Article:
Sharkwater: There's a new feature film called Sharkwater that is hitting theaters November 2nd. Sharkwater is an award winning documentary (22 international film awards including the UN and Cannes) that broke box office records in Canada, opening to bigger numbers than any documentary in history save Fahrenheit 911 and Supersize Me. It is a conservation film that demonstrates that the biggest influence on the air we breathe, and global warming is life in the oceans except life in the oceans is being wiped out. Shark populations have dropped 90% in the last 30 years alone, and the oceans continue to be destroyed because nobody knows that it's happening Learn more here: http://www.sharkwater.com

Bluewater Gold Rush: The first and only chronicle of the California sea urchin dive fishery. Diving, surfing, comedy, and tragedy on and under the waves of California. "A quintessential tale of California ... dramas of adventure and loss on and under the sea" We read it and it's a great story about the bloom of the urchin diving boom in the 70's and the few lucky souls who were right there when it took off. An easy read that's hard to put down. The trials and success of a 'real' California dream right down to it's core. Check it out here: http://www.bluewatergoldrush.com

Submit your story to 'Surfings Greatest Misadventures: Vol. 2': DEADLINE: January 15th, 2008 Casagrande Press is seeking stories, articles, and essays on the general subject of surfing misadventure for publication in Surfings Greatest Misadventures: Volume 2. We are looking for nonfiction, first-person surf stories of bad judgment calls, pranks, comical/ironic episodes, disaster, attacking predators, misfortune, injury, loss of wit or limb, panic, critical conditions, contest meltdowns, everyday fears, surf trips gone wrong or the out-of-water episodes that surround surfing. We are looking for well-written stories that tell a good tale, reflect a culture, and develop the depth of the characters involved. We also like stories that have a tight narrative tension and a payoff at the end. Open to writers and surfers of any level. There is no fee to submit a story. We will consider previously published stories. To see more info on the first book visit www.thesurfbook.com. Submit online at www.casagrandepress.com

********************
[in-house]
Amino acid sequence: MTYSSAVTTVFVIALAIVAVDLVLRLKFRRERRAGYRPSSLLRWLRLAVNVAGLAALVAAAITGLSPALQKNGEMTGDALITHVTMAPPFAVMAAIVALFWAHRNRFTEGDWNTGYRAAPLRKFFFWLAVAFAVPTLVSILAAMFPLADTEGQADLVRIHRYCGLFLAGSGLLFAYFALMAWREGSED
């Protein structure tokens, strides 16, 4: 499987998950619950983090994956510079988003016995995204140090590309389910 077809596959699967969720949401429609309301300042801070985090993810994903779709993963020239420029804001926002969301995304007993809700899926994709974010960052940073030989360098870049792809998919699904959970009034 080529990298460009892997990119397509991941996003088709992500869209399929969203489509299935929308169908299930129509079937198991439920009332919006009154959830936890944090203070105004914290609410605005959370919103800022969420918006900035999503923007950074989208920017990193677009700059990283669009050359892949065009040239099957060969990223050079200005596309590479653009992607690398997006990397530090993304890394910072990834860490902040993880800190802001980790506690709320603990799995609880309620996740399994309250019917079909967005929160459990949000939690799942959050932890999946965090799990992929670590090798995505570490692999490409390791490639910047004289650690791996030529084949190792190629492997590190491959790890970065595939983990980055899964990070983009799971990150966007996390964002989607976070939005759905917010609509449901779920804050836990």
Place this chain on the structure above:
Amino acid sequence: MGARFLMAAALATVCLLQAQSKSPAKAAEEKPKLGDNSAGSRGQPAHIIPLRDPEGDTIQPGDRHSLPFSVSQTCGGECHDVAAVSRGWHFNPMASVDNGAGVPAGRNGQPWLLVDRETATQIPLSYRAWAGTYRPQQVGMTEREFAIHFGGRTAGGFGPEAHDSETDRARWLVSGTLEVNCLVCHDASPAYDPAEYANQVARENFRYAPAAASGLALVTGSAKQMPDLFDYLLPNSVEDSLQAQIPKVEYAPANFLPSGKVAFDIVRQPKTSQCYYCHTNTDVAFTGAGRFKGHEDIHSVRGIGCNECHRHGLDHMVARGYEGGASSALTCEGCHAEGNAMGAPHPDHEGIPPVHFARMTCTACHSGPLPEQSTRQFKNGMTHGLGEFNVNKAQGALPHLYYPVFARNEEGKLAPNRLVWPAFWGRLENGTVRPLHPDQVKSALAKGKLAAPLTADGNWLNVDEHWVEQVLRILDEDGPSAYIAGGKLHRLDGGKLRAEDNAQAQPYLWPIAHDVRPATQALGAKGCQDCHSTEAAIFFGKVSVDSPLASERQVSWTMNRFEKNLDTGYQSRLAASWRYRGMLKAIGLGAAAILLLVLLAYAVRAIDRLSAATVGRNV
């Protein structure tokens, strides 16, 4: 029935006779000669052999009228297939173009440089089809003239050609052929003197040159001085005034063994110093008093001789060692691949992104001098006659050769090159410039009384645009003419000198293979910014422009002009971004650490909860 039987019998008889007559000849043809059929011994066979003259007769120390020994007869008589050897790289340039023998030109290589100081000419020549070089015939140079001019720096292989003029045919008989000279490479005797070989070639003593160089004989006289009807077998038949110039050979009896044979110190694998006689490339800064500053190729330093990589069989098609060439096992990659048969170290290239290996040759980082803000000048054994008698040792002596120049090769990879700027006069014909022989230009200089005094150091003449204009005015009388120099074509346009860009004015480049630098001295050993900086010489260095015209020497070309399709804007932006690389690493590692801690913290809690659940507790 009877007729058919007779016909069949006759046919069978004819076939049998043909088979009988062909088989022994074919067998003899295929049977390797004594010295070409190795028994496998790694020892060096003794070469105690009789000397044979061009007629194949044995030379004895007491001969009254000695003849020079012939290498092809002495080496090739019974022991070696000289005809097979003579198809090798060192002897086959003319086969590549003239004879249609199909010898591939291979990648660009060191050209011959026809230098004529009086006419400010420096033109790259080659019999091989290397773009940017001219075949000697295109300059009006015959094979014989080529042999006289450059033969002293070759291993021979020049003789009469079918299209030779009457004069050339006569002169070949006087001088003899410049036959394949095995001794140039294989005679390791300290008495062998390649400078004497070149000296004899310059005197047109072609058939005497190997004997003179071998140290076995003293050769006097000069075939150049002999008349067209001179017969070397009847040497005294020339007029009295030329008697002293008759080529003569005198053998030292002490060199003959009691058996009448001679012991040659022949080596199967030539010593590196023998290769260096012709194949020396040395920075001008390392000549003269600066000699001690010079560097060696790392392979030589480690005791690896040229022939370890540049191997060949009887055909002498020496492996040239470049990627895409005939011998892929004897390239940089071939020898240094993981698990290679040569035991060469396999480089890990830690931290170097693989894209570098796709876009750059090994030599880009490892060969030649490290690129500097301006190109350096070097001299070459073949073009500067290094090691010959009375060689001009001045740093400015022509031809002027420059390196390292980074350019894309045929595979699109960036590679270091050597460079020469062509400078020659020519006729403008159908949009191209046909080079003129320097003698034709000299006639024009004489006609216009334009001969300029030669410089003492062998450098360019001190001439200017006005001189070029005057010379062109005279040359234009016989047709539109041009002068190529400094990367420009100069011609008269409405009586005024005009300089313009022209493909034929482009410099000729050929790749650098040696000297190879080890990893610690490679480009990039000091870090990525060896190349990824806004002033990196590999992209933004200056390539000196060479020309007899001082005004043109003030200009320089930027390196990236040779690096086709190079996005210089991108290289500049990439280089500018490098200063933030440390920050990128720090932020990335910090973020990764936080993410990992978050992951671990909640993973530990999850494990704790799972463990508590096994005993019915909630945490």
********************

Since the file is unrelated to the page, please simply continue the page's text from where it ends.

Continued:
Waveriders Gallery: Check out this collection of high quality artwork all related to waves and the ocean. Surf Paintings, Photography, Posters, Books, Boards and exhibits all produced by a variety of top artists provide a beautiful selection of pieces to chose from. Take and look and see some of the stunning work available from these artists. http://www.waveridersgallery.net/

Stormsurf Google Gadget - Want Stormsurf content on your Google Homepage? It's simple and free. If you have Google set as your default Internet Explorer Homepage, just click the link below and a buoy forecast will be added to your Google homepage. Defaults to Half Moon Bay CA. If you want to select a different location, just click on the word 'edit', and a list of alternate available locations appears. Pick the one of your choice. Content updates 4 times daily. A great way to see what waves are coming your way!
http://www.google.com/ig/add?moduleurl=http://www.stormsurf.com/gadget/stormsurf .xml

Free Stormsurf Stickers - Get your free stickers! - More details Here

Read all the latest news and happenings on our News Page here

Surf Height-Swell Height Correlation Table